Hydrogen Peroxide: The Nuclear Option with Nuisance Algae

Discussion in 'Algae' started by Matt Rogers, Apr 13, 2012.

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  1. Matt Rogers

    Matt Rogers Kingfish Staff Member

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    Use of hydrogen peroxide for algae control has been making the rounds lately and after a recent thread here by Brandon I thought I would give it a go. A couple rocks in my nano had some tenacious red slime algae left over from pre-doser days when my alk and pH were stuck in the basement. Brandon's great observations really put me at ease with this experiment, but I took some precautions. I decided to go with out-of-the-tank application and coupled it with a water change. I am happy to report that it worked as advertised without side-effects I can see days later. Details below.

    [​IMG]
    Target application of hydrogen peroxide.

    I started by manually removing as much of the red-slime algae as I could with a siphon hose during my water change routine. I then placed the rocks in my sink and pulled out the hydrogen peroxide. The 3% variety found at Target.

    Then I took a clean unused hypodermic needle from a test kit and filled it with peroxide. The hypo is great for target application. (In the end though I felt that an I.V. bag with hose or something similar might work better for large areas.) That said, I then applied it across the algae areas on the rocks.

    What was interesting about the rocks I used was that one was very porous (shown in pic above) and the other (in pic below) was very smooth. This quickly highlighted a challenge. The porous rock quickly absorbed the hydrogen peroxide before I could cover the algae with it. This rock took a lot more peroxide to cover than the smooth rock. It made me uncomfortable and I rinsed it thoroughly as I was paranoid about peroxide being left deep inside.

    Application on the smooth rock was very easy and went quickly.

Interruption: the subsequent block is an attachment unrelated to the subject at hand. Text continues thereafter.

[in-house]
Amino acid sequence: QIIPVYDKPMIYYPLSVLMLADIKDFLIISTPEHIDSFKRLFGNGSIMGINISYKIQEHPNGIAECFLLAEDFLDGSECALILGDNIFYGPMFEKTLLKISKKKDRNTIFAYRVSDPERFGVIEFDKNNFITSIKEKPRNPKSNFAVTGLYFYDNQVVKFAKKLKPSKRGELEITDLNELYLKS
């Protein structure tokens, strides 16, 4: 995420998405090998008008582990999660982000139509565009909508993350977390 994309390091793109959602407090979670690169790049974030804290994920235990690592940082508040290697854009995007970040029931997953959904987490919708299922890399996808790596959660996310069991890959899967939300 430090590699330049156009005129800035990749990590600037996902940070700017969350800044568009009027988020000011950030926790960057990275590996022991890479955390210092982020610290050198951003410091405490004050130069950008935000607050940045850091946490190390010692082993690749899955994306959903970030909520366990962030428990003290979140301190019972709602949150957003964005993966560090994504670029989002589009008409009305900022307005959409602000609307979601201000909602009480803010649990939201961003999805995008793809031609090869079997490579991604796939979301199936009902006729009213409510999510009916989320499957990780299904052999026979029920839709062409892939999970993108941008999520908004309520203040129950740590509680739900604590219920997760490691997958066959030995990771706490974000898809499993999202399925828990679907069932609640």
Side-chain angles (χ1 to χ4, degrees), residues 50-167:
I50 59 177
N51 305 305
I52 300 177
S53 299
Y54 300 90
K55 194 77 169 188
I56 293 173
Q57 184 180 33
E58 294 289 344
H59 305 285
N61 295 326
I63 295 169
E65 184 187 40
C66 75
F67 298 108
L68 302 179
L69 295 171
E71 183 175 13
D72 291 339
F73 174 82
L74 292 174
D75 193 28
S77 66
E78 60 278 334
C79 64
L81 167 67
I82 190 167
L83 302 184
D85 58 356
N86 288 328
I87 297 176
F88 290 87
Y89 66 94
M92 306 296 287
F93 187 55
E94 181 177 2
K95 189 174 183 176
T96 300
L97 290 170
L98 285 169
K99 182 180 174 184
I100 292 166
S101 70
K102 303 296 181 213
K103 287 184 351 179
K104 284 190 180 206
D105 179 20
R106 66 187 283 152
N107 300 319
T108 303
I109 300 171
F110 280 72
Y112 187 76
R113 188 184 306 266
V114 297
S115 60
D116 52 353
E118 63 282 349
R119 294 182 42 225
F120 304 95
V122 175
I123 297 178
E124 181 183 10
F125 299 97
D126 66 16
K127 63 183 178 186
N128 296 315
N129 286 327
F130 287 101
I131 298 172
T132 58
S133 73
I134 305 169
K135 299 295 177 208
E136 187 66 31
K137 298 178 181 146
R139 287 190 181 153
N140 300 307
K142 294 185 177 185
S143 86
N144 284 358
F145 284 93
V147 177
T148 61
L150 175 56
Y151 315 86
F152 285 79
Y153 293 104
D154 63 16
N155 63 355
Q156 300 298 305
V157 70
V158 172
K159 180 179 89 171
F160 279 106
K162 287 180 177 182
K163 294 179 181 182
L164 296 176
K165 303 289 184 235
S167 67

In all, I believe I filled up that needle about 5 or 6 times, so about 30ml of hydrogen peroxide was applied. I then let the rocks sit for a few minutes and then rinsed them off. For rinse water I had 1/2 gallon of ro/di water. I used it all on these two rocks. (Note: Many seem to use saltwater to rinse. I did not have extra saltwater made up and did not see the harm in using RO/DI so I went that route)

    The porous rock went into the sump as I decided it was not needed in the display. After putting the smooth rock back in the display tank, I finished my water change removing 5 more gallons. I hovered the siphon around that smooth rock during this as a precaution in case there was still some peroxide on it.


    Observations:

    The very next day the red-slime algae had turned completely white in the thick area and a light green in the other areas.

    By Day 2 (shown below) the algae that had turned light green was 50% gone completely. The thick stuff that had turned white was greatly reduced as well.

    [​IMG]
    Day 2 showed rapid reduction in red-slime algae. In fact, it was gone.

    I did take a glance at the skimmer on the night of day 2 and found it really interesting to see a reddish skimmate (shown below). I am curious to hear the speculation on why it is red. I should also note that the skimmer went nuts after I started the tank back up after the water change and peroxide application. I suspect the algae die-off has something to do with it and perhaps residual peroxide.

    [​IMG]
    Red skimmate noted in skimmer.

    The next day all fish and inverts acted normal and the fish ate readily. I did not note any odd behavior here.

    Polyp extension is noted on all corals.


    Mistake made:
    During application I did fumble adjusting the needle once and accidentally squirted an SPS frag. Ugh. Although I rinsed it within 10 seconds, this frag now has a noticeable burn although it appears fine around the edges. I suspect it will come back, but time will tell. So, learn from my mistake, and be extra cautious around corals when applying peroxide.


    Recommendations and final thoughts:

    I am happy to report that the red-slime is gone and life in the tank appears completely normal. This write-up is only a few days out from application so this is by no means a conclusive test of hydrogen peroxide use for algae control and I will certainly follow up if anything adverse occurs. However, based on what I am observing so far, I am optimistic. Yet I feel it is way to early for me to recommend this for others.